Why Tesla’s “giant money ovens” in Berlin and Texas do not worry investors – yet

Why Tesla’s “giant money ovens” in Berlin and Texas do not worry investors – yet

As books begin to close in Tesla’s difficult second quarter, CEO Elon Musk dropped a neutron bomb on the market.

The two new giant factories in Germany and Texas are “money kiln giants”, he confessed in the third part of a marathon interview with members of the YouTube channels Tesla Owners Silicon Valley and The Kilowatts.

“It should sound like a giant roar, which is the sound of money burning,” he said, adding, “Berlin and Austin are losing billions of dollars right now.”

Coming from a company that has abused shareholders with gross automotive margins north of 30% for three consecutive quarters – among the absolute best in the industry – these words are sure to worry investors.

Add to Musk’s words the weeks of lost production in Shanghai due to COVID lockdowns, which pushed analysts to cut their forecast for the second quarter to 250,000 vehicles, and it seems that Tesla’s high profitability level is simply not sustainable.

Then place a heavy charge on Tesla’s Bitcoin impairment that could easily exceed $ 400 million and one can see why the bears are licking their lips. Even a bull like Morgan Stanley’s Adam Jonas has lowered his target.

Not as dramatic as they sound

But before Tesla bears get too excited, it’s worth noting that the problems in Berlin and Austin don’t have to be as dramatic as they sound — despite Musk’s colorful description (Tesla CEO is notoriously demanding of the performance of the facilities).

Adding a new unit will always have a profit margin, due to the mismatch between the speed at which early revenue enters and the huge initial investments recorded over time as fixed costs.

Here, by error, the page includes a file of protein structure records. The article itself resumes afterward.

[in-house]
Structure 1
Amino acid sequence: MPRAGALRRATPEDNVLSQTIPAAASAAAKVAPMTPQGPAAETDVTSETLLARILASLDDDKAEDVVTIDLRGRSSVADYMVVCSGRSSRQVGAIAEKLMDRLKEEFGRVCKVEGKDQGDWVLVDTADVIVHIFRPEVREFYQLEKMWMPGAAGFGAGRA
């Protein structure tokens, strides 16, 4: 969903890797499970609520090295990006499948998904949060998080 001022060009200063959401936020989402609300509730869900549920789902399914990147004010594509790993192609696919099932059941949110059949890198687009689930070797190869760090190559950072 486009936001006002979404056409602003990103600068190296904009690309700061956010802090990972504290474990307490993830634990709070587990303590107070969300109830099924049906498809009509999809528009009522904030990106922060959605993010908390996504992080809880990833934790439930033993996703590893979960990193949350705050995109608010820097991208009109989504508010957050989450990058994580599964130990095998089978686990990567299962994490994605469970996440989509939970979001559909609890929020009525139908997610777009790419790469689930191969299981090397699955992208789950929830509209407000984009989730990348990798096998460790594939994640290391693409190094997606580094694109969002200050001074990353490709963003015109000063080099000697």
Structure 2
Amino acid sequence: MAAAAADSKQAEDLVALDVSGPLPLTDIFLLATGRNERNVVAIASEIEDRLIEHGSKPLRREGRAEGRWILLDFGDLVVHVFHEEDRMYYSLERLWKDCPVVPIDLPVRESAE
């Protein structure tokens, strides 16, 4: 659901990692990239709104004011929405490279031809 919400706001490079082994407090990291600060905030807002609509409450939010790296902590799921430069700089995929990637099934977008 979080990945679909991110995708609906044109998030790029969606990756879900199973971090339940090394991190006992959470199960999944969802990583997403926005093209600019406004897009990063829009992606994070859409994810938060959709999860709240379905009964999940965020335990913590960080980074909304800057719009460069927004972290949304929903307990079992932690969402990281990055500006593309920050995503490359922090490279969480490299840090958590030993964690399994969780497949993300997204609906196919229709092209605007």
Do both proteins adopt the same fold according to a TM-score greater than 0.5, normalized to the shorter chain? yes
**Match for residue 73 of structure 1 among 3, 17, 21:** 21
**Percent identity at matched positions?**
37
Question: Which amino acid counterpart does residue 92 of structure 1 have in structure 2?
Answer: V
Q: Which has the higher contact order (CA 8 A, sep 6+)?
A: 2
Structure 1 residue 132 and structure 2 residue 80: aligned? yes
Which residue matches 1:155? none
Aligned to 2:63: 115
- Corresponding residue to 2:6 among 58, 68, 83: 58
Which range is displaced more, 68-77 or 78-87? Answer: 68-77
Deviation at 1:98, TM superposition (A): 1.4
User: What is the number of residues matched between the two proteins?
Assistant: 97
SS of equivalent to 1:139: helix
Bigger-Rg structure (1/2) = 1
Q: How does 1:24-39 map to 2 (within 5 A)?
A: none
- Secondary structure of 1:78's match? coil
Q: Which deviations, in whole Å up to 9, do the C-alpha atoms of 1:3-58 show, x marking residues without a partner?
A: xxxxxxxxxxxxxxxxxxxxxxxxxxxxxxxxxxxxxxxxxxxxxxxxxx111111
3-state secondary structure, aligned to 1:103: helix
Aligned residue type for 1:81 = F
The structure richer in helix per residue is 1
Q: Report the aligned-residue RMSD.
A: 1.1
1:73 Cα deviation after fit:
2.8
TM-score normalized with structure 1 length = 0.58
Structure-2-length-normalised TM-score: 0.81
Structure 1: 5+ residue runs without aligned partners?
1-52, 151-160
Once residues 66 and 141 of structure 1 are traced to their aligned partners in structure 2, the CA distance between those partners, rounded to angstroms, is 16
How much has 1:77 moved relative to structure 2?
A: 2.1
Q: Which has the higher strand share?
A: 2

The industry rule of thumb is that a manufacturing plant tends to operate with decent profitability when it uses about 80% of its installed capacity in two shifts. Only when this number drops to 60% does a plant usually lose money.

However, when a factory is just starting production, there is always a list of teething problems that need to be solved.

The supply chain must work perfectly. Machinery must be calibrated to the micrometer to ensure that the exterior panels of the body fit perfectly without gaps. and workstations must meet time targets so as not to hold up the assembly line — to name just a few.

If these issues are not addressed from the beginning, errors accumulate and eventually cost the manufacturer much more to correct the line – when thousands rather than hundreds of cars are built per day.

Thus, while the capacity utilization of Berlin and Austin is both minimal, Musk has previously stated that it will take about 12 months to reach a scale where they will operate more efficiently.

In fact, rival Volkswagen is trying to mimic the expected productivity of Giga Berlin, which aims to produce a Model Y crossover every 10 hours. This is twice as much as most factories thanks to new production techniques such as full front and rear body casting.

In addition, Tesla excels in part due to the very low level of production complexity. Virtually all of its volume comes from the Model 3 and Model Y, which have minimal choice in decoration options, such as paint color, rims and interior.

Slow for now

For now, however, Berlin has only recently reached the 1,000-vehicle limit per week earlier this month, which translates to about 10% of its half-million installed capacity — even after almost three months of operation.

“There’s a ton of spending and almost no spending,” Musk said.

However, the key is what Musk later said: “It will all be fixed very quickly, but it requires a lot of attention.”

His team expects to continue to grow Shanghai, Berlin and Austin to achieve a 50% (or higher) increase in sales volume this year. With earnings per share of 2022 believed to be close to $ 12, the stock is trading at a timeframe of about 60x — a high for most companies but is justified by the bulls as few companies around can respond to this type of growth.

In fact, bears may want to remember that second-quarter figures will almost certainly mark the year-end low for the company. Only if these problems in Berlin and Austin continue deep into the fourth quarter should investors be concerned.

Indeed, shareholders seem to take Musk’s warning very carefully. The stock is expected to open 1% higher on Thursday.

This story was originally featured on Fortune.com

Leave a Reply

Your email address will not be published.